Why Good can be Bad. And how to make it better.
“We set ourselves up as arbiters of what is good when often our standards of goodness are driven by narrow interests, by what we want.”
-Robin Wall Kimmerer, Braiding Sweetgrass
“The West is deeply obsessed with feel-good-syndrome. It acts as a staunch protector of the values and rule-based global system. Literature is created to craft an image of self assumed guardianship, with campaigns run to spread the message of self assumed greatness.”
-Shakeel Ahmad Ramay, CEO of Asian Institute of Eco-civilisation Research and Development in Pakinstan
This is a post about our increasingly confused and confusing relationship to “Good” (Good Business / Good Products / Good Campaigns / Tech for Good / Design for Good / etc).
It’s important to note it’s not intended as a take down or to cancel anyone or anything. It is a thought I’ve been trying to work out in my own head for a while, and kind of waiting for someone else to work out for me. I haven’t found that work yet, so I’m going to give it a go.
We tend to see good and bad (like many things such as fast/slow, rich/poor, young/old, ugly/beautiful) as a binary oppositions [Fig.1]. Something is either good or bad, one or the other. There are many reasons for this that I won’t go into here, but the long and short of it is that the reality of most binary oppositions is far better positioned upon a post-structuralism spectrum - and as an appreciation of shades of grey [Fig.2].
Thinking specifically about “Good” in the context of business you might be beginning to get a sense of the problematics at hand. The phrase “Less bad isn’t good” is a concise criticism of where we currently seem to be in our adaptations and mitigations of both climate justice and social justice.
An element of the good/bad binary that I’m increasingly noticing is that pretty much anything that moves away from what we consider as “Bad” in business (and that occupies the grey space between good and bad) can now be labeled with any one of the numerous terms we associate with “Good” [Fig.3]. Any brand or product can self-label themselves with these terms, particularly within public relations spaces, without any degree of scrutiny or punity (a distinct failure of journalistic standards as I see it, but we won’t go into that for now).
Only this morning I have been reading an article that describes portable BBQ’s as “environmentally friendly” for example. The portable BBQ in this case is definitely less bad than a disposable BBQ, but to describe it as “friendly” to the environment is like describing Putin as being friendly to Ukraine.
And here lays the confusion.
The best way I’ve been able to make sense of all this is to consider it as a basic A to B journey. We (humanity) need to get to B as a safe and just space for our own survival and the survival of the majority of the more-than-human world, but we’re actively being led to confuse a simple shift from A1 to A2 as the achievement of B [Figs.4a/4b].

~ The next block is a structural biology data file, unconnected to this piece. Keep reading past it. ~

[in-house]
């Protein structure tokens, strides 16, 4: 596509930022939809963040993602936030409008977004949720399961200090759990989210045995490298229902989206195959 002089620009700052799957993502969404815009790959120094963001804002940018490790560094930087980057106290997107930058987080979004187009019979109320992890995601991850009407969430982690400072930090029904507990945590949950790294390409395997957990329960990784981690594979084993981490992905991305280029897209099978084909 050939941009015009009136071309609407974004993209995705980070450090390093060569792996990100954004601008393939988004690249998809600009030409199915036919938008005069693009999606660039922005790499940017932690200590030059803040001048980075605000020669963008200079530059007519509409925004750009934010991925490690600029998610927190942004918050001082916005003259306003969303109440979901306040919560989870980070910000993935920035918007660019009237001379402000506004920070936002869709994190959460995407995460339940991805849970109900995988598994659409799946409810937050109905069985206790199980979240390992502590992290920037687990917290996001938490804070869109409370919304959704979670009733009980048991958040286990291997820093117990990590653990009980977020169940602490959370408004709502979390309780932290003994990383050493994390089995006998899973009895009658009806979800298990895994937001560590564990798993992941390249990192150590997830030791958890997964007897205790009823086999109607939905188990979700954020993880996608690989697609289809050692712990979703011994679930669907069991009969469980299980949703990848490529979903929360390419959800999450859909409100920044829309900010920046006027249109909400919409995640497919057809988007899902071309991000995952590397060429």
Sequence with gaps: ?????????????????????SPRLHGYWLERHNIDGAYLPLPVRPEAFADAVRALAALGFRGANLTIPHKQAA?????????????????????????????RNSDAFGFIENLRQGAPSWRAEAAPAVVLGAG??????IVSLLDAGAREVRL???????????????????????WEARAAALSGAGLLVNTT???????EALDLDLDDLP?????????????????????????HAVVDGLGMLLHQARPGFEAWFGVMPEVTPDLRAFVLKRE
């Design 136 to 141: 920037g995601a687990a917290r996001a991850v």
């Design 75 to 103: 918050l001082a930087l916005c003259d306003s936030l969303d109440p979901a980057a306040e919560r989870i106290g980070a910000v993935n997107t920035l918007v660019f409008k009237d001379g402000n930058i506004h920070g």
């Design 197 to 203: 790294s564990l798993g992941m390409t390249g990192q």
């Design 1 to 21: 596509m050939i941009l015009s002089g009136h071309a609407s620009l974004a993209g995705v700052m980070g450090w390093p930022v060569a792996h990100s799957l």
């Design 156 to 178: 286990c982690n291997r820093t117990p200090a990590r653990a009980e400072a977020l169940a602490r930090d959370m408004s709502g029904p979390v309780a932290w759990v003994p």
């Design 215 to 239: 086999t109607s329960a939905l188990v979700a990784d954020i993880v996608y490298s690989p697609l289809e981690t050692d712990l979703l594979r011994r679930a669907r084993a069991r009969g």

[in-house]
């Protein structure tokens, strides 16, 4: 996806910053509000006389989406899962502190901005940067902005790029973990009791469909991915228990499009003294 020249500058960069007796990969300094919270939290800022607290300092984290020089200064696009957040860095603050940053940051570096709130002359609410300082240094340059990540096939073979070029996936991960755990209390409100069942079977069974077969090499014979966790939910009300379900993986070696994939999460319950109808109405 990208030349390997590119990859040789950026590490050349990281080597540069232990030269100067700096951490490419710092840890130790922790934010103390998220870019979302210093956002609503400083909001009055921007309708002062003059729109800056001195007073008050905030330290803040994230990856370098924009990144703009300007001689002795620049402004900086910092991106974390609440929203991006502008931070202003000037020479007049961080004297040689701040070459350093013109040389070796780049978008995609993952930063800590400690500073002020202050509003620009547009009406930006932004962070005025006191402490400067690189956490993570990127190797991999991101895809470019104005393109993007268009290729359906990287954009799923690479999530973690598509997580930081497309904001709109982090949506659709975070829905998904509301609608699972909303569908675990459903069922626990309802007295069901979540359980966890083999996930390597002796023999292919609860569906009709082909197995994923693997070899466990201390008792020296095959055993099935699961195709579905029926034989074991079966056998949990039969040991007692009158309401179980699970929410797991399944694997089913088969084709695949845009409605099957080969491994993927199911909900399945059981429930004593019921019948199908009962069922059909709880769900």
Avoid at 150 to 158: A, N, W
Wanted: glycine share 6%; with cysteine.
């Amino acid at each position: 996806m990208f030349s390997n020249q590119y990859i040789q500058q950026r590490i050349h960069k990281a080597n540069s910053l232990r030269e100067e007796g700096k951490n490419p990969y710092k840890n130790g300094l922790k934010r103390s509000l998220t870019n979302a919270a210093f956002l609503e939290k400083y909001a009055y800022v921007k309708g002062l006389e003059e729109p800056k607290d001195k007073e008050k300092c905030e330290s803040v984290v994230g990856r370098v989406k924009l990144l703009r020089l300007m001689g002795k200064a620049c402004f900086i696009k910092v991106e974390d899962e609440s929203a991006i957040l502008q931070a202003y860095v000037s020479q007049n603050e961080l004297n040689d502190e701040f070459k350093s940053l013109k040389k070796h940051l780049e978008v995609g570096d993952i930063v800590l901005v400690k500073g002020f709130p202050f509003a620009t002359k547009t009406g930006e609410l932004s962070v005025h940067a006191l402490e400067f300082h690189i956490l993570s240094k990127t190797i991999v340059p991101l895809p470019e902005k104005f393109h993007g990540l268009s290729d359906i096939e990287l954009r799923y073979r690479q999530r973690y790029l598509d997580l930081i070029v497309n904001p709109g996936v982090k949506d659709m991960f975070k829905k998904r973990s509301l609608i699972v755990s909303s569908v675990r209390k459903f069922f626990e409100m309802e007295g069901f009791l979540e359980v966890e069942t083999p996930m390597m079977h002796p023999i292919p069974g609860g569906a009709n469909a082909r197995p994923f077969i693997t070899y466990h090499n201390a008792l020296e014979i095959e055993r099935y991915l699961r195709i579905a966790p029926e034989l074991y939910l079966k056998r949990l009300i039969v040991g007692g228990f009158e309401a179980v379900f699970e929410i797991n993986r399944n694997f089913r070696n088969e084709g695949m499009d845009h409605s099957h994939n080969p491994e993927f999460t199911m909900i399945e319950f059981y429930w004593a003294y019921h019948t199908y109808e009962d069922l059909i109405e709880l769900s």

A2 is becoming a false equivalent for B. This analogy is in itself problematic in that getting from A to B is never going to be possible in a single overnight transition, and so getting to A2 is essential in order to finally get to B. So what’s the problem here?
The problem, as I see it, is that achieving B (“what good looks like” as they say in business) is going to be pretty radically different from where we are right now [Fig.5]. It’s going to require numerous sacrifices and huge behaviour and mindset changes.
In order to make this transition we’re going to need to make pretty radical changes, pretty quickly. In climate science circles this seems to be referred to as climate “adaptation and mitigation”. And so going back to our false equivalence problem of confusing A2 with B, a new issue presents itself: that of maladaptation [Fig.6]. If adaptation is the driving force of evolution then maladaptation is its hand brake.
Not all adaptations are advantageous to survival, those that aren’t get labeled maladaptations. And so, if survival is the name of the game, then a species that convinces itself it is acting in its best interests to survive (in the short-term) while recklessly risking its long-term survival is arguably an act of maladaptation right?
Continuing to destroy the very environments and resources we depend upon to survive (even if less so than previously) is more harmful than helpful by any rational logic.
Let’s try and unpack this a step further. Imagine a product that’s pretty bad for people and the planet, it’s got 5 Units of badness. Someone comes along and makes it less bad, and its now just 3 Units of Bad. Whichever way you look at it that’s still Net Bad though [Fig.7].
The nature of the systems we live within means that it’s nearly impossible to make any single thing entirely Net Positive. And so the danger, as I see it, is that we are at best wilfully avoiding this fact, at worst cynically hiding it.